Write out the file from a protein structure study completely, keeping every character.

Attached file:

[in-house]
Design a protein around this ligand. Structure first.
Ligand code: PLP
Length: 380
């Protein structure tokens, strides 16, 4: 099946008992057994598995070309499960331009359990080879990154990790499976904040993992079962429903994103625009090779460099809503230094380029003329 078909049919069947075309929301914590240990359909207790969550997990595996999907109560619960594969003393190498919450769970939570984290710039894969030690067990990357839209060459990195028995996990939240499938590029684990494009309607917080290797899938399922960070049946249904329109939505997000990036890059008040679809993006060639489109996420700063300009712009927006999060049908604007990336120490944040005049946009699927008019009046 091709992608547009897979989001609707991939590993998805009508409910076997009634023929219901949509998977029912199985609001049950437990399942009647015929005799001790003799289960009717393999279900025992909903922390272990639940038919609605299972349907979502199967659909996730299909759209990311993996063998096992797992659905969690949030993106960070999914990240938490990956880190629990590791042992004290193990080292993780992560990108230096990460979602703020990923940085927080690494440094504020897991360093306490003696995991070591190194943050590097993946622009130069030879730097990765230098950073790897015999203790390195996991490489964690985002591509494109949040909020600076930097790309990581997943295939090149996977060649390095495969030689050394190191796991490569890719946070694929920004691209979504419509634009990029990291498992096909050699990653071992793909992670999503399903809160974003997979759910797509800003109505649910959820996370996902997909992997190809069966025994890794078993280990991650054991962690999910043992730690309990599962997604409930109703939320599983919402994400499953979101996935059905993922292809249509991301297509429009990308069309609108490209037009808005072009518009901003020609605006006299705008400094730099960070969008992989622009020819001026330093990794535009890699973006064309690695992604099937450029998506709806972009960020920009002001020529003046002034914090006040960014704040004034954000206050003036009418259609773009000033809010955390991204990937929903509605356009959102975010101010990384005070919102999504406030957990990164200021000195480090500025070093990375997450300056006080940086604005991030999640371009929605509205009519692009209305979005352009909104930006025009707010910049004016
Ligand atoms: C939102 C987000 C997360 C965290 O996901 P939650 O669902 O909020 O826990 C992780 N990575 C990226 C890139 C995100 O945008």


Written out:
[in-house]
Design a protein around this ligand. Structure first.
Ligand code: PLP
Length: 380
């Protein structure tokens, strides 16, 4: 099946008992057994598995070309499960331009359990080879990154990790499976904040993992079962429903994103625009090779460099809503230094380029003329 078909049919069947075309929301914590240990359909207790969550997990595996999907109560619960594969003393190498919450769970939570984290710039894969030690067990990357839209060459990195028995996990939240499938590029684990494009309607917080290797899938399922960070049946249904329109939505997000990036890059008040679809993006060639489109996420700063300009712009927006999060049908604007990336120490944040005049946009699927008019009046 091709992608547009897979989001609707991939590993998805009508409910076997009634023929219901949509998977029912199985609001049950437990399942009647015929005799001790003799289960009717393999279900025992909903922390272990639940038919609605299972349907979502199967659909996730299909759209990311993996063998096992797992659905969690949030993106960070999914990240938490990956880190629990590791042992004290193990080292993780992560990108230096990460979602703020990923940085927080690494440094504020897991360093306490003696995991070591190194943050590097993946622009130069030879730097990765230098950073790897015999203790390195996991490489964690985002591509494109949040909020600076930097790309990581997943295939090149996977060649390095495969030689050394190191796991490569890719946070694929920004691209979504419509634009990029990291498992096909050699990653071992793909992670999503399903809160974003997979759910797509800003109505649910959820996370996902997909992997190809069966025994890794078993280990991650054991962690999910043992730690309990599962997604409930109703939320599983919402994400499953979101996935059905993922292809249509991301297509429009990308069309609108490209037009808005072009518009901003020609605006006299705008400094730099960070969008992989622009020819001026330093990794535009890699973006064309690695992604099937450029998506709806972009960020920009002001020529003046002034914090006040960014704040004034954000206050003036009418259609773009000033809010955390991204990937929903509605356009959102975010101010990384005070919102999504406030957990990164200021000195480090500025070093990375997450300056006080940086604005991030999640371009929605509205009519692009209305979005352009909104930006025009707010910049004016
Ligand atoms: C939102 C987000 C997360 C965290 O996901 P939650 O669902 O909020 O826990 C992780 N990575 C990226 C890139 C995100 O945008």